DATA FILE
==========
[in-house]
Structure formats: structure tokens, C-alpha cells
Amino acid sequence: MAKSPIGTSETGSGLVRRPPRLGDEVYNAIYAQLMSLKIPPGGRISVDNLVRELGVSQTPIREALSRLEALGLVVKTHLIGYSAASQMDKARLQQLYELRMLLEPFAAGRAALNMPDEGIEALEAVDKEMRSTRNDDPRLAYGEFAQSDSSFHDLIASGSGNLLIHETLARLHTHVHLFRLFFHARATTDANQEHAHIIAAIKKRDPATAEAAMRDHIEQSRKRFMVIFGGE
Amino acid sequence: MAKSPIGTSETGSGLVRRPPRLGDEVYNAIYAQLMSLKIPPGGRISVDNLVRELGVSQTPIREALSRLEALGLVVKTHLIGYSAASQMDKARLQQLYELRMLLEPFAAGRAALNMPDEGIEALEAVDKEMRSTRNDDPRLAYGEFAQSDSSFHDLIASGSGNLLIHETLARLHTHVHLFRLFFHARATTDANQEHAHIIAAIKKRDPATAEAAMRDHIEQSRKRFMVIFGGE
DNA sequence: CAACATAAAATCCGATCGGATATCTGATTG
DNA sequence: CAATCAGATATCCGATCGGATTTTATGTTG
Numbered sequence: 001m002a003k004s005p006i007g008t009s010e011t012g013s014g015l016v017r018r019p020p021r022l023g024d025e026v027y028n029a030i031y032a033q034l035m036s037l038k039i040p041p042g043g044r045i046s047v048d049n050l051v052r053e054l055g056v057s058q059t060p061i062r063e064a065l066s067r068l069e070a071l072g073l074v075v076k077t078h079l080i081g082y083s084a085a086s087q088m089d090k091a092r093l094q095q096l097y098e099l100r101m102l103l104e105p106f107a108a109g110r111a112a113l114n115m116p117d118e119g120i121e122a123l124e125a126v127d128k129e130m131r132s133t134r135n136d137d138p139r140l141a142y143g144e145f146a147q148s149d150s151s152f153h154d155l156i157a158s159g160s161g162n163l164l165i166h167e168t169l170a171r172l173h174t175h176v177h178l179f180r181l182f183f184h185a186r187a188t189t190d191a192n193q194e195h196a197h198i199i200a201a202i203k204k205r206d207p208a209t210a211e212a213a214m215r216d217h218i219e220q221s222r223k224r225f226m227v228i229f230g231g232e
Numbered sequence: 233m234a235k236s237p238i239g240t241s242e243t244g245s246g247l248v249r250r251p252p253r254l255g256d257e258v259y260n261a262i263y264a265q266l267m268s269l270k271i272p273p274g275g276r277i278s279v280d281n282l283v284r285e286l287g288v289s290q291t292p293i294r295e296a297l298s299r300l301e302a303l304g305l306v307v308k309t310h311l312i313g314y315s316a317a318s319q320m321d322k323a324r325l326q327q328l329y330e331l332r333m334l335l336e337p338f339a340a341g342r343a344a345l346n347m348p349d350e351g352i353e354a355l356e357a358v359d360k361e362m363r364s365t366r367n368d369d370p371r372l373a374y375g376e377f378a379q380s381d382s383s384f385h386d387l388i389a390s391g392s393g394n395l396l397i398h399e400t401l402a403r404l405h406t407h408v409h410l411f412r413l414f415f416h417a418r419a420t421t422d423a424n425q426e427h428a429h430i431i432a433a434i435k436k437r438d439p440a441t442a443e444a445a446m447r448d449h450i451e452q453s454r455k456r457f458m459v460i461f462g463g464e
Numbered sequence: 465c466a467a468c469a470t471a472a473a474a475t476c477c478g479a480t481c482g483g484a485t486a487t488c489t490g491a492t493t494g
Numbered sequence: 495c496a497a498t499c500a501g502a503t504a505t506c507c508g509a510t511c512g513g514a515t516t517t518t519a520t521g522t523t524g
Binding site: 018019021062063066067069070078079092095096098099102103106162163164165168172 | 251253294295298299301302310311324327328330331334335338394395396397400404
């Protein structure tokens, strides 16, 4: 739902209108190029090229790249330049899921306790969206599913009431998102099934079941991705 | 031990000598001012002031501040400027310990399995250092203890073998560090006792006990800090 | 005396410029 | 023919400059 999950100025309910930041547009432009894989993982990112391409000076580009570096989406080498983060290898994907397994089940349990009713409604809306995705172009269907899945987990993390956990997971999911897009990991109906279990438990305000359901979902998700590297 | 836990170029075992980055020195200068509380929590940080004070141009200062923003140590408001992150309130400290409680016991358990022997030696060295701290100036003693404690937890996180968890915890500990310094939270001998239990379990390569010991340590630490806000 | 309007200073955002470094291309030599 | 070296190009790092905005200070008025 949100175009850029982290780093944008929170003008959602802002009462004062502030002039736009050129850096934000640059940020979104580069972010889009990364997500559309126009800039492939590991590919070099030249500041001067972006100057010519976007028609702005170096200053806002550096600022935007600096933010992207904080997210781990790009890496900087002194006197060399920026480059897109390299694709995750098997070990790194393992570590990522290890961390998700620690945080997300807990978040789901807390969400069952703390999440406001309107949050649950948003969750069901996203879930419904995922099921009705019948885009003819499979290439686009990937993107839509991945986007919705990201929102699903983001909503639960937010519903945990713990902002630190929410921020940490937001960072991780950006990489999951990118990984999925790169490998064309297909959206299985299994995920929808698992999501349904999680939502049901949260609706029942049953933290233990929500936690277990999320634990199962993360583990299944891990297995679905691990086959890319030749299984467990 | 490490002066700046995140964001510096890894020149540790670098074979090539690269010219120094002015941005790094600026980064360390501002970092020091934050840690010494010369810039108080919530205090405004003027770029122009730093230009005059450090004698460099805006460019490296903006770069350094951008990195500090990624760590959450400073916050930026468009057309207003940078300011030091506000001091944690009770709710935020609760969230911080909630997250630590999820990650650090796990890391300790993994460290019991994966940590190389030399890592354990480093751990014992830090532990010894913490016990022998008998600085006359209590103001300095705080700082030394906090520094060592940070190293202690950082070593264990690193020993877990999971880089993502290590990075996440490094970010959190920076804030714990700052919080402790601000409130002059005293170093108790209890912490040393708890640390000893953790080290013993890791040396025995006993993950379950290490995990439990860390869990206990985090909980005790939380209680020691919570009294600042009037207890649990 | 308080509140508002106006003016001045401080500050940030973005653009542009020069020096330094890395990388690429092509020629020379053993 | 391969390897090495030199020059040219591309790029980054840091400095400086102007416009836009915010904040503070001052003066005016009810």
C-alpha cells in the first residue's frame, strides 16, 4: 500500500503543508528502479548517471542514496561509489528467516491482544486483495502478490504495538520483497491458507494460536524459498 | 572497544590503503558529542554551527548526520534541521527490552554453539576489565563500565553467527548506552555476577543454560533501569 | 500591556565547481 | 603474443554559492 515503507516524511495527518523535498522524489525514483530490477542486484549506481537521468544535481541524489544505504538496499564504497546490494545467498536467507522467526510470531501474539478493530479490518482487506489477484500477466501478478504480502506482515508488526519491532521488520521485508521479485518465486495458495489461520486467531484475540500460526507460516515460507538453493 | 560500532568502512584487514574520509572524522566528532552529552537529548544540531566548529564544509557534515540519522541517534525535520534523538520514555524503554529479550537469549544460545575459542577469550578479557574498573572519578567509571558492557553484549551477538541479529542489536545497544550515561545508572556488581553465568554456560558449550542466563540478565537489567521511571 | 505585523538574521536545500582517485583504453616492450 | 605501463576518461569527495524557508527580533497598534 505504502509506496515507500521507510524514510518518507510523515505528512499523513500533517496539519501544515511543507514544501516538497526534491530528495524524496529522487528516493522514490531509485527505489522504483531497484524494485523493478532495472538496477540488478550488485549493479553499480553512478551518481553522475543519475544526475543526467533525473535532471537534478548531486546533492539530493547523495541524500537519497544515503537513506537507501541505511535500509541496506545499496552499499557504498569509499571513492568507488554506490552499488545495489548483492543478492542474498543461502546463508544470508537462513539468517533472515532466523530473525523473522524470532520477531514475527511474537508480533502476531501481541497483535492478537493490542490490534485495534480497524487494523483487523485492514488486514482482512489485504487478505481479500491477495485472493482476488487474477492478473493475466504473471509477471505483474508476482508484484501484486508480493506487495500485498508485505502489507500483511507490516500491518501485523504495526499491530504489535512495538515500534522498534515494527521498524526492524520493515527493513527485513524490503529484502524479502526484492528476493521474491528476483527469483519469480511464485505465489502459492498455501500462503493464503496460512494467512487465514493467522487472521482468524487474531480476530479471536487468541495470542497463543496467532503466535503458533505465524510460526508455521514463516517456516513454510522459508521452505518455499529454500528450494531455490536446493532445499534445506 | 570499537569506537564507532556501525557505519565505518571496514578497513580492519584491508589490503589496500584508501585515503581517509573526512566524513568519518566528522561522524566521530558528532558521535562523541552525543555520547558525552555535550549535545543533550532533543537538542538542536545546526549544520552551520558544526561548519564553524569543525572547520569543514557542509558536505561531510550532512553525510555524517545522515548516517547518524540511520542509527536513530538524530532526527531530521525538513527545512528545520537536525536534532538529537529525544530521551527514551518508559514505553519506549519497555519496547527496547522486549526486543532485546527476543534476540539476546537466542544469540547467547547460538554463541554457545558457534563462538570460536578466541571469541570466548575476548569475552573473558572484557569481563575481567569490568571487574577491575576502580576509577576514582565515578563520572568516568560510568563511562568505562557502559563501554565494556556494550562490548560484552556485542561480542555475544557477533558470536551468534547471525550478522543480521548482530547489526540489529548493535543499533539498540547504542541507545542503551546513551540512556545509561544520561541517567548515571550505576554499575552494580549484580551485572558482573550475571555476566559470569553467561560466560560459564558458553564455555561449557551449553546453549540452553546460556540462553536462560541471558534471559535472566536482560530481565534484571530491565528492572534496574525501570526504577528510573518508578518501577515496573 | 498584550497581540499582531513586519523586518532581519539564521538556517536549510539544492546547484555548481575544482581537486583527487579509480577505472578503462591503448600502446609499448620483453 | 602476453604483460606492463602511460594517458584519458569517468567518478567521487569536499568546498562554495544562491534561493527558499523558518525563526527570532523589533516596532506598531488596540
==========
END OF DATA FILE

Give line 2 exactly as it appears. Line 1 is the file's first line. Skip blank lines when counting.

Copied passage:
Structure formats: structure tokens, C-alpha cells